Senator Obama even manages to maintain his high standards during the subtitle: Thoughts on Reclaiming the American Dream. Which is also pretty crafty. Democrats exist in a complicated relationship to conven-
tional expressions of patriotism, so “reclaiming” suggests not merely that the Bush junta has hijacked “the American dream,” but also reassures lefty multiculti progressives that they won’t be unduly discombobulated by appeals to a traditional understanding of the phrase. As for “thoughts” on the reclaiming thereof, that just means the book isn’t a book as such but random pearls assembled by Senator Obama’s stenographer during breaks in his hectic schedule. It’s truly magnificent. The Audacity of Hope will be stuffing stockings across the great republic this holiday season and, even though 90 per cent of recipients will never read a word beyond the title, Senator Obama fully deserves his royalty avalanche. Okay, whichever of his ghostwriters, agents or editors actually cooked up the phrase probably deserves even more of the royalty avalanche, but such is life.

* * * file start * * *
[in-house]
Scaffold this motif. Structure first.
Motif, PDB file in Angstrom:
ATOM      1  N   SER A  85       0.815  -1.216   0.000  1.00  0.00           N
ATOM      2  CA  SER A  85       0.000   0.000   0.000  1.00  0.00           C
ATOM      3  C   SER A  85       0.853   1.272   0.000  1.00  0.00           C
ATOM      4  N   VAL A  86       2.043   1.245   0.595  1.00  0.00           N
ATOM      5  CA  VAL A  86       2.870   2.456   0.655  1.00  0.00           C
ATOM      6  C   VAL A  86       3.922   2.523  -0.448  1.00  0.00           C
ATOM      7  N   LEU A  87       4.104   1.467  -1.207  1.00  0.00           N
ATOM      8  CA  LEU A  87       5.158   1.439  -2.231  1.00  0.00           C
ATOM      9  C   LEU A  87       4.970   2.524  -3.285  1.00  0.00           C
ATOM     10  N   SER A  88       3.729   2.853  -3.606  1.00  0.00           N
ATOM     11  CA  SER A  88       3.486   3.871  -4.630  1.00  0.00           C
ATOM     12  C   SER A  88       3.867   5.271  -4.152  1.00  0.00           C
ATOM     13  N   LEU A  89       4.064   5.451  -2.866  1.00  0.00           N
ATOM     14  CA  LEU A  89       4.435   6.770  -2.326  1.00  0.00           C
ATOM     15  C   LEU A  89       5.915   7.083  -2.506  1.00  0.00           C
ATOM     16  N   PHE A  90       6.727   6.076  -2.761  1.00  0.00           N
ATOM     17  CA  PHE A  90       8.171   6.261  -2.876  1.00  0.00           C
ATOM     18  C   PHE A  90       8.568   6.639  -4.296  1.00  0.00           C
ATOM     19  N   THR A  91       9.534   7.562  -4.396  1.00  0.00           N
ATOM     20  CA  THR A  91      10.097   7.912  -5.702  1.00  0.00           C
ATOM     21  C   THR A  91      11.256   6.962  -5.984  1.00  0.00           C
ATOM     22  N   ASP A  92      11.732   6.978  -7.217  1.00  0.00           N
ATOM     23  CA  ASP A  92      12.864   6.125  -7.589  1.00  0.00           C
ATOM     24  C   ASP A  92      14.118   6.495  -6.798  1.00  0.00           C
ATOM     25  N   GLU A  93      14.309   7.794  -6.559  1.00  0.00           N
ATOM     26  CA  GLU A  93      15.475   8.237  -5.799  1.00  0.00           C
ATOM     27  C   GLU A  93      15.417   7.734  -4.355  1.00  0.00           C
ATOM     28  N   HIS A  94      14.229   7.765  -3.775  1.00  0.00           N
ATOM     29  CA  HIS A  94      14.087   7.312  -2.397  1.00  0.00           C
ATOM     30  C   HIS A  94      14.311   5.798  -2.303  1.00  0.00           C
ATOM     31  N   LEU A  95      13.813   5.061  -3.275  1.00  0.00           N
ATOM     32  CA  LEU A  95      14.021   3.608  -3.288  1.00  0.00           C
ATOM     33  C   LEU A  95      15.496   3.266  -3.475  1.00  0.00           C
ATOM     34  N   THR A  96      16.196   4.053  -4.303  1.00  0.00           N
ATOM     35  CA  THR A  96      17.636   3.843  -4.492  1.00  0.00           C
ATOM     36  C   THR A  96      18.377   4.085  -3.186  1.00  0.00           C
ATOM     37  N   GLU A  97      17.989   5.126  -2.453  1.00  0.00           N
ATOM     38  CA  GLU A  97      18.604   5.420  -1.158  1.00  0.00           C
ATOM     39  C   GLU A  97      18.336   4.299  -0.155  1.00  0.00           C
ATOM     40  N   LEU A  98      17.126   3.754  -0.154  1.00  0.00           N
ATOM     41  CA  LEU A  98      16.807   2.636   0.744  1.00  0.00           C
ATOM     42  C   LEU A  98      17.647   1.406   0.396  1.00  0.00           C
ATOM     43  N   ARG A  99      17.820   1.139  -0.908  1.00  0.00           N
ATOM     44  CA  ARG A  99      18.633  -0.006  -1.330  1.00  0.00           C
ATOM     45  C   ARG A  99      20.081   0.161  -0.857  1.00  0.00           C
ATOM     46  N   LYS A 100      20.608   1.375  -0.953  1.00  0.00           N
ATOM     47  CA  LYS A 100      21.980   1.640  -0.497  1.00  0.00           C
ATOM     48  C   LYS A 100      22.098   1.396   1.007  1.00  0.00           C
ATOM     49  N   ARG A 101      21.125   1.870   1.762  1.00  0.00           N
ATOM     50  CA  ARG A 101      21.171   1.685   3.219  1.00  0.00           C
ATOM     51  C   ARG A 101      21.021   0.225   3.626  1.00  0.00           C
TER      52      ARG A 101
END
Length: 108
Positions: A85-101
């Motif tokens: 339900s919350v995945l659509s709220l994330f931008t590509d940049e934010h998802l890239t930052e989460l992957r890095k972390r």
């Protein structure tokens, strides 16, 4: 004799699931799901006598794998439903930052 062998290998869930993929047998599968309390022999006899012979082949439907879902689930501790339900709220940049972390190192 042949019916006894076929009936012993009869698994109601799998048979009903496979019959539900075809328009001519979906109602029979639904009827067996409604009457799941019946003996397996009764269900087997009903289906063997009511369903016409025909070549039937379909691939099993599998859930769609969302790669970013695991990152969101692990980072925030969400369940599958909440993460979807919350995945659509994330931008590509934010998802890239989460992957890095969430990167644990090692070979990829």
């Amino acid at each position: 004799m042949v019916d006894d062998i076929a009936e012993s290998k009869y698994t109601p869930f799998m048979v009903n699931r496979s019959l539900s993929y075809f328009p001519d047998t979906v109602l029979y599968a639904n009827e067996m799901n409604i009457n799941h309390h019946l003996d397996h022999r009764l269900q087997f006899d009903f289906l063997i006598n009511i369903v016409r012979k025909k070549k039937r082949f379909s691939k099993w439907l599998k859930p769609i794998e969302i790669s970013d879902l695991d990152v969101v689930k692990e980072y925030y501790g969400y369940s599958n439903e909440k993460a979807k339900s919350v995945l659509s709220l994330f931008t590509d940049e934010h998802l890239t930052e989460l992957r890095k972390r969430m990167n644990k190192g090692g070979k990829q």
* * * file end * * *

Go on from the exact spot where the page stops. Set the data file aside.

When writing songs, Ira Gershwin liked to say:
“A title Is vital.
On ce you’ve it Prove it.”
He meant that, while it’s important to come up with a hit title, it’s also important to live up to it. Cole Porter was very good at this. He’d cook up the end of a song first and
then write up to it: “But if, baby, I’m the bottom / You’re The Top!” etc. There’s nothing sadder than a song with a great idea whose lyricist hasn’t vindicated it.